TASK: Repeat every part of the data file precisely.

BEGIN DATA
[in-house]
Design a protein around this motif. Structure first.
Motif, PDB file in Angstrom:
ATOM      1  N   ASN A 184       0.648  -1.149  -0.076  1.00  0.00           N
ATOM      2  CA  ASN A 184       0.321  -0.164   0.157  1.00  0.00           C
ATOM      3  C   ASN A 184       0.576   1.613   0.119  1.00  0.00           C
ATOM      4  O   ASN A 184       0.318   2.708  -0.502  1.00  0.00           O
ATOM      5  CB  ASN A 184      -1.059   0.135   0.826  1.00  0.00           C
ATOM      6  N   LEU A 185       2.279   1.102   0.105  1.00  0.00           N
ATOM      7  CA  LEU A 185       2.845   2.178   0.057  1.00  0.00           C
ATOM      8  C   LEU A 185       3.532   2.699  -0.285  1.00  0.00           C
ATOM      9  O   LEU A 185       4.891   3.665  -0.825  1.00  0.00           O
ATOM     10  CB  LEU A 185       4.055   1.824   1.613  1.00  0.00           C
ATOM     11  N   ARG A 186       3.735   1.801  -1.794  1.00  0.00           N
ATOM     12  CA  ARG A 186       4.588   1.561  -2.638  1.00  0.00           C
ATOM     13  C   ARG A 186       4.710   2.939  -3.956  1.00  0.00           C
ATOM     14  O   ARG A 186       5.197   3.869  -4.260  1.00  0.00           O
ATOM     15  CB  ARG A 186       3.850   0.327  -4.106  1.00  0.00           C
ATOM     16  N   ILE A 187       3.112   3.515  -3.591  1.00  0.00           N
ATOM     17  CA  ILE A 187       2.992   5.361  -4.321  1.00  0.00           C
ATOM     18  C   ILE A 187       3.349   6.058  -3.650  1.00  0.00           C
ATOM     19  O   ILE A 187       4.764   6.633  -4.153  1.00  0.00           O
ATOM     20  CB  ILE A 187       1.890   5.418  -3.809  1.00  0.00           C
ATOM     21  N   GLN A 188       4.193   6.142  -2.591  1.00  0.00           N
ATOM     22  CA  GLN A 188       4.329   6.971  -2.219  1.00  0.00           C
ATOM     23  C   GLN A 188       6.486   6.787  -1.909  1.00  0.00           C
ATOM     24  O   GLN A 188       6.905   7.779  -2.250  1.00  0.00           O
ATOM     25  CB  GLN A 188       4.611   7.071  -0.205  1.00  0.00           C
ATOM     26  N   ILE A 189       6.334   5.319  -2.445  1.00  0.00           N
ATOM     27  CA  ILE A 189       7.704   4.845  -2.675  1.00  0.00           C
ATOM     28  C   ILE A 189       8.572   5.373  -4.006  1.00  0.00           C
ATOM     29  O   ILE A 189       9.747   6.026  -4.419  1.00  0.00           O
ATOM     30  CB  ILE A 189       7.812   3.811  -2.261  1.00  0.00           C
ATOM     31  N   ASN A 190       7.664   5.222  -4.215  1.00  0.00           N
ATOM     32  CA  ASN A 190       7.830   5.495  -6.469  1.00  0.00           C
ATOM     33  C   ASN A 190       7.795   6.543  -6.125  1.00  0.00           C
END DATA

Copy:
[in-house]
Design a protein around this motif. Structure first.
Motif, PDB file in Angstrom:
ATOM      1  N   ASN A 184       0.648  -1.149  -0.076  1.00  0.00           N
ATOM      2  CA  ASN A 184       0.321  -0.164   0.157  1.00  0.00           C
ATOM      3  C   ASN A 184       0.576   1.613   0.119  1.00  0.00           C
ATOM      4  O   ASN A 184       0.318   2.708  -0.502  1.00  0.00           O
ATOM      5  CB  ASN A 184      -1.059   0.135   0.826  1.00  0.00           C
ATOM      6  N   LEU A 185       2.279   1.102   0.105  1.00  0.00           N
ATOM      7  CA  LEU A 185       2.845   2.178   0.057  1.00  0.00           C
ATOM      8  C   LEU A 185       3.532   2.699  -0.285  1.00  0.00           C
ATOM      9  O   LEU A 185       4.891   3.665  -0.825  1.00  0.00           O
ATOM     10  CB  LEU A 185       4.055   1.824   1.613  1.00  0.00           C
ATOM     11  N   ARG A 186       3.735   1.801  -1.794  1.00  0.00           N
ATOM     12  CA  ARG A 186       4.588   1.561  -2.638  1.00  0.00           C
ATOM     13  C   ARG A 186       4.710   2.939  -3.956  1.00  0.00           C
ATOM     14  O   ARG A 186       5.197   3.869  -4.260  1.00  0.00           O
ATOM     15  CB  ARG A 186       3.850   0.327  -4.106  1.00  0.00           C
ATOM     16  N   ILE A 187       3.112   3.515  -3.591  1.00  0.00           N
ATOM     17  CA  ILE A 187       2.992   5.361  -4.321  1.00  0.00           C
ATOM     18  C   ILE A 187       3.349   6.058  -3.650  1.00  0.00           C
ATOM     19  O   ILE A 187       4.764   6.633  -4.153  1.00  0.00           O
ATOM     20  CB  ILE A 187       1.890   5.418  -3.809  1.00  0.00           C
ATOM     21  N   GLN A 188       4.193   6.142  -2.591  1.00  0.00           N
ATOM     22  CA  GLN A 188       4.329   6.971  -2.219  1.00  0.00           C
ATOM     23  C   GLN A 188       6.486   6.787  -1.909  1.00  0.00           C
ATOM     24  O   GLN A 188       6.905   7.779  -2.250  1.00  0.00           O
ATOM     25  CB  GLN A 188       4.611   7.071  -0.205  1.00  0.00           C
ATOM     26  N   ILE A 189       6.334   5.319  -2.445  1.00  0.00           N
ATOM     27  CA  ILE A 189       7.704   4.845  -2.675  1.00  0.00           C
ATOM     28  C   ILE A 189       8.572   5.373  -4.006  1.00  0.00           C
ATOM     29  O   ILE A 189       9.747   6.026  -4.419  1.00  0.00           O
ATOM     30  CB  ILE A 189       7.812   3.811  -2.261  1.00  0.00           C
ATOM     31  N   ASN A 190       7.664   5.222  -4.215  1.00  0.00           N
ATOM     32  CA  ASN A 190       7.830   5.495  -6.469  1.00  0.00           C
ATOM     33  C   ASN A 190       7.795   6.543  -6.125  1.00  0.00           C